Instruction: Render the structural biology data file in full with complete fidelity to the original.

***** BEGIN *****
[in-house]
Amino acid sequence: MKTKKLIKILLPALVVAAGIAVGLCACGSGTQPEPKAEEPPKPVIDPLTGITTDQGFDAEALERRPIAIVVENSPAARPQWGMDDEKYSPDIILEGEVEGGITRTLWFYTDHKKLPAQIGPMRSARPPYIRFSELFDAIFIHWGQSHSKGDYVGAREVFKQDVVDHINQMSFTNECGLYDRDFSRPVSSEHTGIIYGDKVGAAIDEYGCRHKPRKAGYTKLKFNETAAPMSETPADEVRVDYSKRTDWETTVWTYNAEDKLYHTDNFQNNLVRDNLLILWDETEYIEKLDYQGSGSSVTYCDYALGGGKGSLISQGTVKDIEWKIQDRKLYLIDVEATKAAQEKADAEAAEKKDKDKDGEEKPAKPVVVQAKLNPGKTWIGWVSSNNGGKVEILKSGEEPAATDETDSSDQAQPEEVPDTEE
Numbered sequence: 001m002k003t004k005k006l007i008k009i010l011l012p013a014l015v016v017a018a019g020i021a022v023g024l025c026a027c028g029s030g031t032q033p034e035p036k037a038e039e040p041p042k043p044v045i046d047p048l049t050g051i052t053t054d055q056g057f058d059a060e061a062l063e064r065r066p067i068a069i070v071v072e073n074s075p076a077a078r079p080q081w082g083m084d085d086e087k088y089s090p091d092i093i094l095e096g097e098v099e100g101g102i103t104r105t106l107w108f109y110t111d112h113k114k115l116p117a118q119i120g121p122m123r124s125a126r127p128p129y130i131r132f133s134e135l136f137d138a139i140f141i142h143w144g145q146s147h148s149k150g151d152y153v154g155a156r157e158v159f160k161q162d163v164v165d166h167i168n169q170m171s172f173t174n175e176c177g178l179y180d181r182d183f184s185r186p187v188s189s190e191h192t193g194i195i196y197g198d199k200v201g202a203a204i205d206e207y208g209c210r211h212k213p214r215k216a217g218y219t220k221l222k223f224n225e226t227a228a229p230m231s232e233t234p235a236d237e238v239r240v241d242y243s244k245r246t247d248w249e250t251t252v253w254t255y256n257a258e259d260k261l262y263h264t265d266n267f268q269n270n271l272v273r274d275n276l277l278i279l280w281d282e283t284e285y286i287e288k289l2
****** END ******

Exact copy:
[in-house]
Amino acid sequence: MKTKKLIKILLPALVVAAGIAVGLCACGSGTQPEPKAEEPPKPVIDPLTGITTDQGFDAEALERRPIAIVVENSPAARPQWGMDDEKYSPDIILEGEVEGGITRTLWFYTDHKKLPAQIGPMRSARPPYIRFSELFDAIFIHWGQSHSKGDYVGAREVFKQDVVDHINQMSFTNECGLYDRDFSRPVSSEHTGIIYGDKVGAAIDEYGCRHKPRKAGYTKLKFNETAAPMSETPADEVRVDYSKRTDWETTVWTYNAEDKLYHTDNFQNNLVRDNLLILWDETEYIEKLDYQGSGSSVTYCDYALGGGKGSLISQGTVKDIEWKIQDRKLYLIDVEATKAAQEKADAEAAEKKDKDKDGEEKPAKPVVVQAKLNPGKTWIGWVSSNNGGKVEILKSGEEPAATDETDSSDQAQPEEVPDTEE
Numbered sequence: 001m002k003t004k005k006l007i008k009i010l011l012p013a014l015v016v017a018a019g020i021a022v023g024l025c026a027c028g029s030g031t032q033p034e035p036k037a038e039e040p041p042k043p044v045i046d047p048l049t050g051i052t053t054d055q056g057f058d059a060e061a062l063e064r065r066p067i068a069i070v071v072e073n074s075p076a077a078r079p080q081w082g083m084d085d086e087k088y089s090p091d092i093i094l095e096g097e098v099e100g101g102i103t104r105t106l107w108f109y110t111d112h113k114k115l116p117a118q119i120g121p122m123r124s125a126r127p128p129y130i131r132f133s134e135l136f137d138a139i140f141i142h143w144g145q146s147h148s149k150g151d152y153v154g155a156r157e158v159f160k161q162d163v164v165d166h167i168n169q170m171s172f173t174n175e176c177g178l179y180d181r182d183f184s185r186p187v188s189s190e191h192t193g194i195i196y197g198d199k200v201g202a203a204i205d206e207y208g209c210r211h212k213p214r215k216a217g218y219t220k221l222k223f224n225e226t227a228a229p230m231s232e233t234p235a236d237e238v239r240v241d242y243s244k245r246t247d248w249e250t251t252v253w254t255y256n257a258e259d260k261l262y263h264t265d266n267f268q269n270n271l272v273r274d275n276l277l278i279l280w281d282e283t284e285y286i287e288k289l2